Coexisting With…

Coexisting With Our Forefathers

On the Fourth of July a friend and I visited Historic Fort Snelling in St. Paul, a reconstruction of the old fort as it looked about 1820.
An interpreter, greeting us in uniform and shako, asked us if we’d ever been there before. I said I had, but it had been a while.
“Well, we’ve made a few changes,” he told me. “For one thing, we used to do First Person reenacting. We talked to visitors as if we were actual people from 1820. Now we do Third Person reenacting. We talk to you like modern people. The old way got too difficult. When it came to subjects like slavery and Native Americans, it was kind of uncomfortable.”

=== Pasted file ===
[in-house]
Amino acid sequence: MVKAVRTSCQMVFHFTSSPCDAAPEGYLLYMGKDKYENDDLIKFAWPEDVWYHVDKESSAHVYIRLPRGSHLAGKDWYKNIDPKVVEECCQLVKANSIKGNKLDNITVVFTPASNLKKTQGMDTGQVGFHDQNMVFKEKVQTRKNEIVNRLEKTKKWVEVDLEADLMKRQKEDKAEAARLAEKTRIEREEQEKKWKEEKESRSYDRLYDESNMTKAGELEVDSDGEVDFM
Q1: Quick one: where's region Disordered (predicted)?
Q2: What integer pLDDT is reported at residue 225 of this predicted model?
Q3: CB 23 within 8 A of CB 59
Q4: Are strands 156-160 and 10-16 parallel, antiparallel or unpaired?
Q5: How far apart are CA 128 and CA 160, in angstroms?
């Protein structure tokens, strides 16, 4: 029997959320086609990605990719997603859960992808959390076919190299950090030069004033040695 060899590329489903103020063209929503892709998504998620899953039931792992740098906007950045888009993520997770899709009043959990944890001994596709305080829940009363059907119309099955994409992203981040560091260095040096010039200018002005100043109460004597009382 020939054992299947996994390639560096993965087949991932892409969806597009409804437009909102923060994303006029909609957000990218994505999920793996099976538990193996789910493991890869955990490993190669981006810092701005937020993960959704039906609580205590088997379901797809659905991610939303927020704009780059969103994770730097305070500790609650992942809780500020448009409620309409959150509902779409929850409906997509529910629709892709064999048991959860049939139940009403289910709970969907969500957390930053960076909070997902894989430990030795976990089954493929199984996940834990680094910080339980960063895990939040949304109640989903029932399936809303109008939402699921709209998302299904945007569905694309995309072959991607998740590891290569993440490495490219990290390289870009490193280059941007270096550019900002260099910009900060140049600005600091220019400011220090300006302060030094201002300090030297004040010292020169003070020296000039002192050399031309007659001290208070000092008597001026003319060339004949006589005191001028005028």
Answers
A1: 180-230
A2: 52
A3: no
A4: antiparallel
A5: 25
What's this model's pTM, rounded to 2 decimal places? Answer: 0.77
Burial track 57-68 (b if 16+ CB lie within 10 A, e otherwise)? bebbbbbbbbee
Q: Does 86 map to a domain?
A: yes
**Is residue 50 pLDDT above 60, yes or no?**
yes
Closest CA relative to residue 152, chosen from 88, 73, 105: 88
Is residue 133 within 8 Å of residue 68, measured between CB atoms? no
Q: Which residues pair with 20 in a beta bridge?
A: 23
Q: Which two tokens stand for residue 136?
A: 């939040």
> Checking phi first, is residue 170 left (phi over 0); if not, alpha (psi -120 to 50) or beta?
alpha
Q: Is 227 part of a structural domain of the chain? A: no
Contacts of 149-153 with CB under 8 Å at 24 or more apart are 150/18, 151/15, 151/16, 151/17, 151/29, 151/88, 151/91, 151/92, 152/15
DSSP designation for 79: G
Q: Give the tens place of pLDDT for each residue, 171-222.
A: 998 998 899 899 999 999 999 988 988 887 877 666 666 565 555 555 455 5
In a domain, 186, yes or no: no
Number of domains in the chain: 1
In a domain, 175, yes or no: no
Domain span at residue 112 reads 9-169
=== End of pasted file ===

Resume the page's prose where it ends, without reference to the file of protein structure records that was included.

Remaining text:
Understandable. Anyone who’s already walking around in a wool uniform on a 100° day doesn’t need any more discomfort.
Still, the change bothered me. Or rather, not the change itself, but the cultural forces that (I assumed) had made the change inevitable.
Not that there’s anything contemptible in the fact that today’s young people have a hard time defending slavery or 19th century Indian policy. And I fully sympathize with any black reenactor who’s reluctant to play a contented slave (a surly slave might be personally satisfying, but would probably make a poor tourist guide). That issue is especially relevant at Fort Snelling, because it was one of the places in free territory where an army doctor named John Emerson brought a slave named Dred Scott, in the 1830s. Scott would later sue for his freedom, leading to the explosive Dred Scott Supreme Court decision of 1857.

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